A Medicaid asset protection trust (MAPT) presents an option to people hoping to shield their estates from the expenses of long-term nursing home care. As an irrevocable trust, the MAPT permanently shifts assets out of your control and into the management of the trustee. This act removes assets, like investment accounts or real estate, from your personal balance sheet so that you could qualify for Medicaid benefits that would pay a Michigan nursing home. Qualification for Medicaid benefits relies on you having little to no income or assets.
You choose who receives your assets
An MAPT names your beneficiaries and what and when they receive disbursements. A trust created by someone with comprehensive knowledge of Medicaid planning could let you decide the fate of your assets instead of leaving them exposed to nursing home collections.
Compare this to leaving your assets in your name. When you need to enter a nursing home, your assets would prevent you from qualifying for Medicaid. You would then have to liquidate your estate to pay a nursing home.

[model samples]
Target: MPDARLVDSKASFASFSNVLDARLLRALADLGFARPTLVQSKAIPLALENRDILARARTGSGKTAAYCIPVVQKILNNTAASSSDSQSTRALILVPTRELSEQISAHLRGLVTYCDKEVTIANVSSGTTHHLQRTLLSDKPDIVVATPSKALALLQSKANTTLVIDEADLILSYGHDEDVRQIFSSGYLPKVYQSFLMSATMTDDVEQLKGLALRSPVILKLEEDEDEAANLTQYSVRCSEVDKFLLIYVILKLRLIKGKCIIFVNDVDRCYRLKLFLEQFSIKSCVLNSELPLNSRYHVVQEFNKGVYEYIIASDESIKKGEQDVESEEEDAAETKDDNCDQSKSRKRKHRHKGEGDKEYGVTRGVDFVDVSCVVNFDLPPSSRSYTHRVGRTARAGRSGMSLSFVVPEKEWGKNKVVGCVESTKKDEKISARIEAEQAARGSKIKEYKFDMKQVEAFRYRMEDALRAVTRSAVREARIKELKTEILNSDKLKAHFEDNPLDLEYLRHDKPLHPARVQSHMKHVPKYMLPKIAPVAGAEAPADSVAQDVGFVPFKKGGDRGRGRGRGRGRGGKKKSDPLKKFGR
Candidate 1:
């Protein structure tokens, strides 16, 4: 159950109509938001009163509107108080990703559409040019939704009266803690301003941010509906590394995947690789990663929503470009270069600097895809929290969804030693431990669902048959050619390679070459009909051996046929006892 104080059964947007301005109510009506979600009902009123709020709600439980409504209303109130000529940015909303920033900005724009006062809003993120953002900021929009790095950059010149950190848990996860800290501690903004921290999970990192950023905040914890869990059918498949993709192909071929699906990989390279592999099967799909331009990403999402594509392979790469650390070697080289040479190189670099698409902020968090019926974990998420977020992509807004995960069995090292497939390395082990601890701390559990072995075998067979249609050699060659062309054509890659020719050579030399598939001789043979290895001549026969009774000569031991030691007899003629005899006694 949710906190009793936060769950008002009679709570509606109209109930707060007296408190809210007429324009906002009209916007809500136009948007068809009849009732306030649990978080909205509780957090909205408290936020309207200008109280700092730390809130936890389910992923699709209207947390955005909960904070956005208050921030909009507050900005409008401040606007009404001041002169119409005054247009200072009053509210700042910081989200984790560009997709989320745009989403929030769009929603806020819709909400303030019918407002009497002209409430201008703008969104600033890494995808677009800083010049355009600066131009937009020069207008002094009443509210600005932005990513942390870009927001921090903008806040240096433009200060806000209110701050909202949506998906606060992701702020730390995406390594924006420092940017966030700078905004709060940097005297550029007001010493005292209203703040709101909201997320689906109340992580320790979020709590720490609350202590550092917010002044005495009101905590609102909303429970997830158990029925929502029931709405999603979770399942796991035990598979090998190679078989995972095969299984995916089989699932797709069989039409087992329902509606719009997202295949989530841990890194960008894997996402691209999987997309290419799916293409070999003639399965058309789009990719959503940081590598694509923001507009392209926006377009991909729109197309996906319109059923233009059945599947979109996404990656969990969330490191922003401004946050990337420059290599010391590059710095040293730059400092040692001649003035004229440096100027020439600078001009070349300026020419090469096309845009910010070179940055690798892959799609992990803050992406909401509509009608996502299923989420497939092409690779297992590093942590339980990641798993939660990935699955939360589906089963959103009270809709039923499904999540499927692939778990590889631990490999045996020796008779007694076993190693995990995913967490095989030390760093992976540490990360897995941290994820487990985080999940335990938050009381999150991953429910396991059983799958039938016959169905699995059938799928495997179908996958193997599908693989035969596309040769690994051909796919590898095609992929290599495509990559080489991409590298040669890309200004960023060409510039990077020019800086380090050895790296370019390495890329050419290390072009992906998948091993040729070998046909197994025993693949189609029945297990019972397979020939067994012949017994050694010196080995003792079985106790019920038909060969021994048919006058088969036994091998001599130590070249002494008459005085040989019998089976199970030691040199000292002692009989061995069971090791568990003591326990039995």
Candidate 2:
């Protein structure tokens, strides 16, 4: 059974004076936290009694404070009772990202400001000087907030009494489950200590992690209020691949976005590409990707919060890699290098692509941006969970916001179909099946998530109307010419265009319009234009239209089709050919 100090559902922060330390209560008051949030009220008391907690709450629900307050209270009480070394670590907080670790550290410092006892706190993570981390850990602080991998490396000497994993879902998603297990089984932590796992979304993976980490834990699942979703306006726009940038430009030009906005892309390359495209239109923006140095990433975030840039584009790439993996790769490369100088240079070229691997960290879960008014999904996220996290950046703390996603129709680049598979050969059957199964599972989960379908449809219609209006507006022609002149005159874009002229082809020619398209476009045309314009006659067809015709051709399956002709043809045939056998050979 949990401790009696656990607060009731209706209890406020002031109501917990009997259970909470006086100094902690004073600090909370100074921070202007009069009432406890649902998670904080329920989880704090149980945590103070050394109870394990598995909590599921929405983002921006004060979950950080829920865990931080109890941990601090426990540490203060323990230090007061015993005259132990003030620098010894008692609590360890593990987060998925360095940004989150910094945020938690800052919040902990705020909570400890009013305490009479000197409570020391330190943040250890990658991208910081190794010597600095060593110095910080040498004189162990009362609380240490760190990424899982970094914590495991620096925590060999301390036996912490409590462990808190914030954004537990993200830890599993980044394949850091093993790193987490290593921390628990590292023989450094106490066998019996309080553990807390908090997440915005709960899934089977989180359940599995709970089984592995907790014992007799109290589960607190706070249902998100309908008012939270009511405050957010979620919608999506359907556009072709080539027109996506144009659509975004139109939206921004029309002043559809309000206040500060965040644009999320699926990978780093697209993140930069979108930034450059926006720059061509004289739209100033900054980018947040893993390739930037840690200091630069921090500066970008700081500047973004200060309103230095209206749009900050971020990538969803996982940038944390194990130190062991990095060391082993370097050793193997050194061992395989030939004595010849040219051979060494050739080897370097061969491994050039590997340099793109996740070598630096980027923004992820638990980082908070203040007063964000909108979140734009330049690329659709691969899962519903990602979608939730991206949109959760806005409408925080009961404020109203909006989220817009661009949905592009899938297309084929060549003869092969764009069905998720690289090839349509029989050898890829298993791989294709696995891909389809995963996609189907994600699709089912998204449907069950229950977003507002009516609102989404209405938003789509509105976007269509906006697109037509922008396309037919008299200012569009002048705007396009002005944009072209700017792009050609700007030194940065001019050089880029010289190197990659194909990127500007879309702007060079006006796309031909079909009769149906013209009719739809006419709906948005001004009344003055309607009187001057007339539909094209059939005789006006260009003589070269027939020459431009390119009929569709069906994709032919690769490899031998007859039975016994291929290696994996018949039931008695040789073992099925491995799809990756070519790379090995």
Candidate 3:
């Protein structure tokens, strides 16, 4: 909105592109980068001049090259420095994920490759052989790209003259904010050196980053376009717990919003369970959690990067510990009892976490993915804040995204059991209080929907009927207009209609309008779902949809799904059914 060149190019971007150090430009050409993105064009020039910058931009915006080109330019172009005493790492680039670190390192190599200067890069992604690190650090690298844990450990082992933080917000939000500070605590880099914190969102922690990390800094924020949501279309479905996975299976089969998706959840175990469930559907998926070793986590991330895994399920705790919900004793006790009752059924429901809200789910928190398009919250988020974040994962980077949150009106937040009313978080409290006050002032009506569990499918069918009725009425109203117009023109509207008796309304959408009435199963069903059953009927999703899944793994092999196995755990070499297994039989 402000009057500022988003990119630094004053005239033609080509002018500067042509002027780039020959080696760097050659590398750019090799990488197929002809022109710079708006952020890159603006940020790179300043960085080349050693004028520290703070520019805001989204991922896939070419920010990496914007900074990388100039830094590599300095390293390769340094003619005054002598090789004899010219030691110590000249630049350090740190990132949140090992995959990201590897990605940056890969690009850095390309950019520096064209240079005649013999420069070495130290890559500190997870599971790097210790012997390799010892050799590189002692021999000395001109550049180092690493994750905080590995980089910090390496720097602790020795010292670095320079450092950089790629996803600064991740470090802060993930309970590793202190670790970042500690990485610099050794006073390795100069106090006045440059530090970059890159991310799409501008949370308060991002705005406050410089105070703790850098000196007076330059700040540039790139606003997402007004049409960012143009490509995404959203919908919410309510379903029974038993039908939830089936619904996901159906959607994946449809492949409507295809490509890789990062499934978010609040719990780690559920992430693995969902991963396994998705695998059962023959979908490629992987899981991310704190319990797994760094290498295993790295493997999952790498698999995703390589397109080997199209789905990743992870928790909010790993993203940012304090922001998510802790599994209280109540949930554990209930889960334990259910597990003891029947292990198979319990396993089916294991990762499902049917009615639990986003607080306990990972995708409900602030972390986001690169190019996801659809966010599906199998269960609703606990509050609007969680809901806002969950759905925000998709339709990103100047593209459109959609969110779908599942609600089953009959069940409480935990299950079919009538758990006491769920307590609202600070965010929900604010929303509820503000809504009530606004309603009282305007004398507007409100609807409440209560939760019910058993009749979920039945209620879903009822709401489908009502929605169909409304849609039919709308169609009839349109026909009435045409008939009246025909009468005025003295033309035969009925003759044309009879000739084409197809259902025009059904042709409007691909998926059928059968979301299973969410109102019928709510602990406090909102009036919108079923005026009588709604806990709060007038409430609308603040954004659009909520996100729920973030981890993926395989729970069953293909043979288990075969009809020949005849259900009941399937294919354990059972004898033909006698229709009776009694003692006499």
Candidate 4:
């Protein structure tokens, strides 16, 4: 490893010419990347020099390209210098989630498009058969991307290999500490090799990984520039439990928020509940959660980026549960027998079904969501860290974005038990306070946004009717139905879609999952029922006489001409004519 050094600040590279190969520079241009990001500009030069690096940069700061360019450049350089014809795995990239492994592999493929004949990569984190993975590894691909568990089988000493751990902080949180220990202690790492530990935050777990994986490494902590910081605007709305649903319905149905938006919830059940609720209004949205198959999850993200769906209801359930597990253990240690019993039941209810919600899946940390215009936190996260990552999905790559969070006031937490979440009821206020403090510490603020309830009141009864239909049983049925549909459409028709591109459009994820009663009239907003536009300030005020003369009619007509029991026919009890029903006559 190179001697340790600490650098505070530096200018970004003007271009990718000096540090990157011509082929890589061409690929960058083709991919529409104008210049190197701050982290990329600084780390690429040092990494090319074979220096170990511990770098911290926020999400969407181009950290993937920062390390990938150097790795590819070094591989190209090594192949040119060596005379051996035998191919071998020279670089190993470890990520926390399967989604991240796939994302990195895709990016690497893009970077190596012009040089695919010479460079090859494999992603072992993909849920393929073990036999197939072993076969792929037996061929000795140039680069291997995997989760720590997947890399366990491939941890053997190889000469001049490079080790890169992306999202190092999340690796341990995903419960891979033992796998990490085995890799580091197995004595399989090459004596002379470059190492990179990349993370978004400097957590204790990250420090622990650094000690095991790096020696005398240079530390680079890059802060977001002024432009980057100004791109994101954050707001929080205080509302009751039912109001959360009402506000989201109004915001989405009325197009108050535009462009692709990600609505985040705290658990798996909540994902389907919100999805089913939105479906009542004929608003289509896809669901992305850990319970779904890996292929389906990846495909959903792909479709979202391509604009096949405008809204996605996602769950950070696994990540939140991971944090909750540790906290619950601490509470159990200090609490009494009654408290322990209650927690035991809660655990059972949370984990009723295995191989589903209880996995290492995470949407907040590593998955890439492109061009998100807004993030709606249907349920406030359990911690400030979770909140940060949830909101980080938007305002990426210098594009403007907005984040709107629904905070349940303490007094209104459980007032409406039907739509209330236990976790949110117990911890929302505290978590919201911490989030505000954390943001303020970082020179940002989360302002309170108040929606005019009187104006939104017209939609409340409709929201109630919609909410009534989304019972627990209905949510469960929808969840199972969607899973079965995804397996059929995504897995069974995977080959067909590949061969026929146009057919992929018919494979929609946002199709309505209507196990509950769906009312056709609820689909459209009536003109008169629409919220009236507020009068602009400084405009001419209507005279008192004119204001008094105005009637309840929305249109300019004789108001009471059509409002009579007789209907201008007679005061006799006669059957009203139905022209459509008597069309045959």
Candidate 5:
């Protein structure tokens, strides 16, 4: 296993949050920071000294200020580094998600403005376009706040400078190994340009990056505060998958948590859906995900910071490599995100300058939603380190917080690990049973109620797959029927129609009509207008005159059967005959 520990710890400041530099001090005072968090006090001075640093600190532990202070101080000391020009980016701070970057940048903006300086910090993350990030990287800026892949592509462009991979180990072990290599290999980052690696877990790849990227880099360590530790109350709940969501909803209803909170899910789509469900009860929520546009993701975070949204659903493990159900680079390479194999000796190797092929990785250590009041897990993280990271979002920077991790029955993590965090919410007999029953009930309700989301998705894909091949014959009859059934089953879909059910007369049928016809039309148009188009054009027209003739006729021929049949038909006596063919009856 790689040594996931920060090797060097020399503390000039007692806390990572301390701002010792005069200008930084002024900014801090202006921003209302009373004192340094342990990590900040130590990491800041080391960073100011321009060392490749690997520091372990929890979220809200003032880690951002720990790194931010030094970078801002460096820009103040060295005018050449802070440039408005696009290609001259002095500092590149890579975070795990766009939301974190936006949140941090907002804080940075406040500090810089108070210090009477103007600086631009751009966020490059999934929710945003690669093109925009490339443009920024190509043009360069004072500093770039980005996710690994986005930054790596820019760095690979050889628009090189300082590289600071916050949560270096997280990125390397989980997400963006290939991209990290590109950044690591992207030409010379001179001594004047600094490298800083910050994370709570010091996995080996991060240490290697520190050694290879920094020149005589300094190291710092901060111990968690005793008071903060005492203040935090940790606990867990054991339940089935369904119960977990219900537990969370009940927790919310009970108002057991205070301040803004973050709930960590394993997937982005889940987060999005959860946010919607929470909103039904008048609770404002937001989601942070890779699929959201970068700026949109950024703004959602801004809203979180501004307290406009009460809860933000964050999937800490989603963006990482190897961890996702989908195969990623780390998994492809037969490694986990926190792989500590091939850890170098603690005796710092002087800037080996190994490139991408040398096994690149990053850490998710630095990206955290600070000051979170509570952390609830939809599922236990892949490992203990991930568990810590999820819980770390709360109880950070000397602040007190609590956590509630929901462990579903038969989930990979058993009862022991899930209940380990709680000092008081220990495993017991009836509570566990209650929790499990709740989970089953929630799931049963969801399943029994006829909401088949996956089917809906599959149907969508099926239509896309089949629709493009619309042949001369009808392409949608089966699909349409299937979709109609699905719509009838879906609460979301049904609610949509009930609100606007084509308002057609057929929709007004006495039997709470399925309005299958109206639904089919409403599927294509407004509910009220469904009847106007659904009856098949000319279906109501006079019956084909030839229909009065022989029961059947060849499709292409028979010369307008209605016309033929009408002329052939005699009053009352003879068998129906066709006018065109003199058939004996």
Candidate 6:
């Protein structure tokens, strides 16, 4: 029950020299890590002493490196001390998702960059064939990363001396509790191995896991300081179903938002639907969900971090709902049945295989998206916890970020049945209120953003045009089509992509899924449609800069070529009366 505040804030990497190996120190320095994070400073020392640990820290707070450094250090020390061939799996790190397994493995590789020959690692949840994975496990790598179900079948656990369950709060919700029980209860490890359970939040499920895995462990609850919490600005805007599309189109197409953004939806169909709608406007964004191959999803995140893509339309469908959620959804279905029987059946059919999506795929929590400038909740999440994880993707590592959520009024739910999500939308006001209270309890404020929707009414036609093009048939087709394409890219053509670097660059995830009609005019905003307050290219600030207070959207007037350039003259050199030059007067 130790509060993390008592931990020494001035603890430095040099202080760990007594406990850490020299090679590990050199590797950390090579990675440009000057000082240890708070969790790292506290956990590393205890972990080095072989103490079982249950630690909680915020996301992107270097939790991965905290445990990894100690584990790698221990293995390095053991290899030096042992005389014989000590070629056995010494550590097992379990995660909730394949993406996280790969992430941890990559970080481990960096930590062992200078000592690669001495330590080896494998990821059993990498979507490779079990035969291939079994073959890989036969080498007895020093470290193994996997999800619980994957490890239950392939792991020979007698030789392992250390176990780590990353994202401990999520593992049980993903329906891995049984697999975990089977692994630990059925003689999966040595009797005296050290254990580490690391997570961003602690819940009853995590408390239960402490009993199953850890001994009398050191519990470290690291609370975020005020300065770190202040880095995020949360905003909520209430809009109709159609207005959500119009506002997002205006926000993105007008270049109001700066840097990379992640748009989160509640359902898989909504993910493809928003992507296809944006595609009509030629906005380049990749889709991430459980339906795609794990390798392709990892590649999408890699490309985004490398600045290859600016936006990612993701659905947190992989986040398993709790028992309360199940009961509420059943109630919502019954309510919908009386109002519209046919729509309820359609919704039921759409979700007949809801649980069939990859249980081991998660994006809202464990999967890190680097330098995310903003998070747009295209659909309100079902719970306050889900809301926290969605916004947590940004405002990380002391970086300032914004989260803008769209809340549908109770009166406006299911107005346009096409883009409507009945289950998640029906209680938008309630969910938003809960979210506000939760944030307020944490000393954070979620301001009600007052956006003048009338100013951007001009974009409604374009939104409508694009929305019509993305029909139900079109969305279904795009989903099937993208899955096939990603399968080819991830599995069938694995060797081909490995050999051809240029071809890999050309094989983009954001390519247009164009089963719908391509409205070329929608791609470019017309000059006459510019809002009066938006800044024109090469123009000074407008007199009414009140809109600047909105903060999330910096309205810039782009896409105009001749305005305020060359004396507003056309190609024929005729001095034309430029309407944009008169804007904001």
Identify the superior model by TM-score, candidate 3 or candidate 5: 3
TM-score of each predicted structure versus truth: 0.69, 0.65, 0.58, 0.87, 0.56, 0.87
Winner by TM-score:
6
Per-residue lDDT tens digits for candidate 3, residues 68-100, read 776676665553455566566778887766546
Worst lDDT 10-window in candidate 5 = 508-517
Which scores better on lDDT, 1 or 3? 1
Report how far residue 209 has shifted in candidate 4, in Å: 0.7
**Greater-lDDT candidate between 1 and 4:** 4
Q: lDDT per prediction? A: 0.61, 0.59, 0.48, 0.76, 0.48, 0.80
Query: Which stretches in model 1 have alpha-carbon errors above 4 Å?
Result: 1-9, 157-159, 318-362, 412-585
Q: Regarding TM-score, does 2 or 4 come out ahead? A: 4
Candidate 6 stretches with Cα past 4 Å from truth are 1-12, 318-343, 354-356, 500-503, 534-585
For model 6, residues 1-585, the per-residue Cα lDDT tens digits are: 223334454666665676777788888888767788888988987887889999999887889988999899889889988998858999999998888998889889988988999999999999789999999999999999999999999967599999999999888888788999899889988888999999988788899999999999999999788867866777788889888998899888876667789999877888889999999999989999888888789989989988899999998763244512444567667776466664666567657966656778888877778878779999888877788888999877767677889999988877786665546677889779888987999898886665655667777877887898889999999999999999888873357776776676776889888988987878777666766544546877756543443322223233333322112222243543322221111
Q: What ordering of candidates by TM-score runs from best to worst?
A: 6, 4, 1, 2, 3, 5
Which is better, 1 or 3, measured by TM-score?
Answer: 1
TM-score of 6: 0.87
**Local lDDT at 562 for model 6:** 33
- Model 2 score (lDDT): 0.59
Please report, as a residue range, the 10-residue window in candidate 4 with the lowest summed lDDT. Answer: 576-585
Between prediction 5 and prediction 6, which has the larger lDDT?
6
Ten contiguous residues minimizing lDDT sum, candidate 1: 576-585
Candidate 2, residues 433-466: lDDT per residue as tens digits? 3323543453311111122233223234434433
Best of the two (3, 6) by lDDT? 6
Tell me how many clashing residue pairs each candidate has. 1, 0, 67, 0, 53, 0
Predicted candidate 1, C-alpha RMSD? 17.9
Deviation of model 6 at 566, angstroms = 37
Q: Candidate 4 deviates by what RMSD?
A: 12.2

To meet legal requirements, you must set up an MAPT at least five years before entering a nursing home. State officials inspect Medicaid applicants’ financial activity for five previous years to detect attempts to move assets.
Potential tax advantages
Sometimes people selling their assets end up owing capital gains taxes. Transferring your assets into a trust does not trigger any capital gains taxes.
Avoid estate recovery
The Medicaid system has the legal right to take assets from people after their deaths to recover money paid to nursing homes. The state does this during probate for your estate. A probate court, however, does not oversee assets held in trust. In this way, the trust shields assets from a state seizure.